I looked down at the little pouch of fat most girls developed just below their navel around my age. Just a little crest that barely disturbed the shapeless cut of my stola. I tried to think of how I looked when metalweaving. My upper arms didn’t shake. My neck wasn’t saggy and my thighs didn’t jiggle. I knit my eyebrows and waited for Artis to pause.


“Do you…” I began. “Do you think I’ve gotten fat?”


He looked at me in shocked silence before guffawing deep from within his belly. “Fat? You? Gods, no. No, no, I’m simply pleased to see how healthy you look. You were so very deathly-thin when I adopted you…” He trailed off. “Anyway, like I said, I must return to my villa with haste. What is it each of you needed?”


Hawthorn stepped forward and presented him with an envelope. “My patron, along with Viscaria’s, have offered to donate the accrued sum of our sister’s debts aside from what Juniper has already generously given in order that she may be released from its bondage.”


He accepted the envelope with a look of genuine bafflement impressed upon his face. “How very generous of them. I will make sure to send them a letter of gratitude and have Artasa Nauve do the same.” He tilted his head. “I admire your ability to find a patron willing to assist with that. Sisterhood and determination are wonderful things. Anything else?”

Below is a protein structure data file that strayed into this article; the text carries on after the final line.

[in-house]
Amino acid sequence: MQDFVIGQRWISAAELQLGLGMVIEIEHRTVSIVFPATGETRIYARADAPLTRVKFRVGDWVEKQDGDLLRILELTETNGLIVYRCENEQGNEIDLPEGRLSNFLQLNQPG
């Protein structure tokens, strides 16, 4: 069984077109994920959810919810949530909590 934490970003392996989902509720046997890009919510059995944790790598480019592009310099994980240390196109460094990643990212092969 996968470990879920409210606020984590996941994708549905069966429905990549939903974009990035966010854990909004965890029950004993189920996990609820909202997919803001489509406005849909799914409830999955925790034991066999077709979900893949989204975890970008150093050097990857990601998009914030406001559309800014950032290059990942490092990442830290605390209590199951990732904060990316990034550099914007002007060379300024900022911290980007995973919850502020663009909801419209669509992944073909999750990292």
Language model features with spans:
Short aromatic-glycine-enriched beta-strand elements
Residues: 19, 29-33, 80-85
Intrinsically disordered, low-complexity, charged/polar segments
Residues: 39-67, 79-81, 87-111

“No, father.”


“You may take your leave.”


She flashed her palms at him.


“Now, Juniper,” he began. “Please, let’s go into this instruction room here.” He gestured for me to step into one of the rooms hidden by a curtain. He shut the door behind us. Sighing, Artis motioned for me to sit on a stool. “Viscaria came to my villa today saying you had questions.”

I bit my lip. “Did she tell you what they’re about?”


“Yes. Please, for the sake of both of our embarrassment, never do so again. It is not my place to find patrons for my daughters. In fact, the Collegium could sue if I did. It must be a contract made on merit and mutual decision alone. Imagine my embarrassment if so much as Rutgita found out. Becoming an uzņika is not a game, but asking such things of me is akin to cheating. Am I understood?”